While partnership marketing has many strong advantages, there are several potential disadvantages you must be aware of. Here are the top five disadvantages of partnership marketing:
Right off the bat, the mutually beneficial nature of partnership marketing means you share the beneficial outcomes with your marketing partner. If you are working with affiliates or influencers, you are sharing revenue; if you are working with co-sponsors or supporting a charitable event, you are sharing the publicity.
In some cases, you may work with partners whose activities erode your brand. For instance, you could work with affiliates who end up spamming people with your products, or an influencer who gets involved in a scandal. As the brand owner, your business will suffer most from this, not the affiliates.
As a small business, your limited capacity means you may only be able to handle a certain number of customers at a time. Partnership marketing can unlock a deluge of customers (think of a small burger joint going viral) making it impossible to maintain quality or serve everyone.
Mistakenly partnering with a competitor
Consider a situation where you partner with a company that plans to start selling what you currently sell. By partnering with them, you may be handing them your customer base on a silver platter.
Disagreements and fallouts
Unless you have clear contractual guidelines in place, partnerships can result in disagreements that hurt a potentially lucrative arrangement, and harm your business in the process. Think of a key influencer you are working with who suddenly demands a bigger commission.
Partnership marketing, though risky, can be managed by having a good plan in place. It is also essential to first do your due diligence before engaging with potential partners. In the next section, we answer a crucial question most small business owners ask – “Will partnership marketing work for my small business?”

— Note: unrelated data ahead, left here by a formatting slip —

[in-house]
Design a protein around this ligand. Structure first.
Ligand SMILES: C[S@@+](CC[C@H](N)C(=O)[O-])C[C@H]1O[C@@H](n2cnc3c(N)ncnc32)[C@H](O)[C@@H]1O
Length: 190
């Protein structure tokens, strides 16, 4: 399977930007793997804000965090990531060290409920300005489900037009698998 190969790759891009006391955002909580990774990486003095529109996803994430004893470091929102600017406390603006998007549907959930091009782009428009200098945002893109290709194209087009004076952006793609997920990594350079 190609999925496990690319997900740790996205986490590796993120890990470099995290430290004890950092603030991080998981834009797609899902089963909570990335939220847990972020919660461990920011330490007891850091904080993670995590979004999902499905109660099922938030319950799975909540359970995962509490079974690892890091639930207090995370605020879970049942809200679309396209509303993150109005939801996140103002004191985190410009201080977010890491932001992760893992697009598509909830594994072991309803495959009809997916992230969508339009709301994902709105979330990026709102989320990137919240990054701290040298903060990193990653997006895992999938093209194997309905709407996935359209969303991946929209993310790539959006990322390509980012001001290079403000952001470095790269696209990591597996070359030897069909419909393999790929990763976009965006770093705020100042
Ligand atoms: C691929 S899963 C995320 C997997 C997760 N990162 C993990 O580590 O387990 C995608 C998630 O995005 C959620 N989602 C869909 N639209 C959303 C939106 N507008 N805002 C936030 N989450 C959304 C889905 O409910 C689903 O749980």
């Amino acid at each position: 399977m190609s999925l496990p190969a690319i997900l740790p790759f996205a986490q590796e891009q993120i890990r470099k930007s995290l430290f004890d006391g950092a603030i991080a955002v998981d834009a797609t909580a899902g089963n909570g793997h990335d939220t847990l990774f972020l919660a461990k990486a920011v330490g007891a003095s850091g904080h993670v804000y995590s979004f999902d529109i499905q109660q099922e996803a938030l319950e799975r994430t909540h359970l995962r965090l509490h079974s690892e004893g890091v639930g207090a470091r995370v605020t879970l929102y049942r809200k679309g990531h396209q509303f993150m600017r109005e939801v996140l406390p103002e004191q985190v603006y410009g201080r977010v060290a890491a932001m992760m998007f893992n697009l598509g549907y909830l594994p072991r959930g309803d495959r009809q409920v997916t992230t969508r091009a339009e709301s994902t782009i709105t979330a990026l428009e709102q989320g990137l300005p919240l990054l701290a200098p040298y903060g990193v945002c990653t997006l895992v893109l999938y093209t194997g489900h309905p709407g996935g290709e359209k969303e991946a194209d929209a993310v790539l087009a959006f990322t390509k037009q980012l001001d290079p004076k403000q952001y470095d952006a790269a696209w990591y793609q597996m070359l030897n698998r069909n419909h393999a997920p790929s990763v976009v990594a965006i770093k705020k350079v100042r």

Will Partnership Marketing Work for Your Small Business?
Like most types of marketing, partnership marketing will not work for everyone. Different businesses are at different points in the growth cycle, have different priorities, different resource levels, and so on. Determining whether partnership marketing will work for your small business involves looking at these different dynamics. Here are some important pointers to look for:
1) You and your team are committed to learning as much as you can about partnership marketing
Though seemingly simple, partnership marketing, done right, is a complex science. To run successful partnership marketing campaigns will need you and your team to have a strong understanding of the concept, while also staying open and willing to keep learning.
2) The economics of partnering makes sense for your business
Partnership marketing involves a lot of expenditure. You will need to work out how much commission to pay out against revenues, what your cost-per-sale and cost of publicity is, along with a host of other calculations. You should also determine whether potential partners will drive enough revenue to justify the effort. If all the numbers make sense, then your business is ready to partner up.
3) Your business values strong relationships
Does your business value relationships? Is relationship-building a strong part of the culture you aggressively pursue as a business? Partnership marketing requires strong relationship-building skills, which ensure partnerships stick, and remain strong.
4) You can put a strong plan in place
Partnership marketing can quickly get messy without proper structures and guidelines in place. Do you have the skills, time and other resources to create and implement a strong partnership marketing plan? One that keeps everyone on the same page while tracking progress.
5) You have a dynamic growth plan that can accommodate rapid sales growth
Partnership marketing can result in rapid sales growth. Does your business have the capacity to handle such growth? If your business does go viral, will you have access to lines of credit and other facilities you will need to meet aggressive delivery targets?
It may not matter what type of business you are in, but these criteria offer a clear picture of what kind of business is ready to undertake partnership marketing. If you do not meet some of these thresholds, you can always work towards meeting them first. What is important is that for partnership marketing to work for your business, your business must first be set up to benefit from it.
Creating a Partnership Marketing Plan
A partnership marketing plan is your roadmap to marketing success. Depending on the size of your business and the scale of the campaign, your marketing plan will either be one page, or several pages. Nevertheless, here are the basic areas it should cover: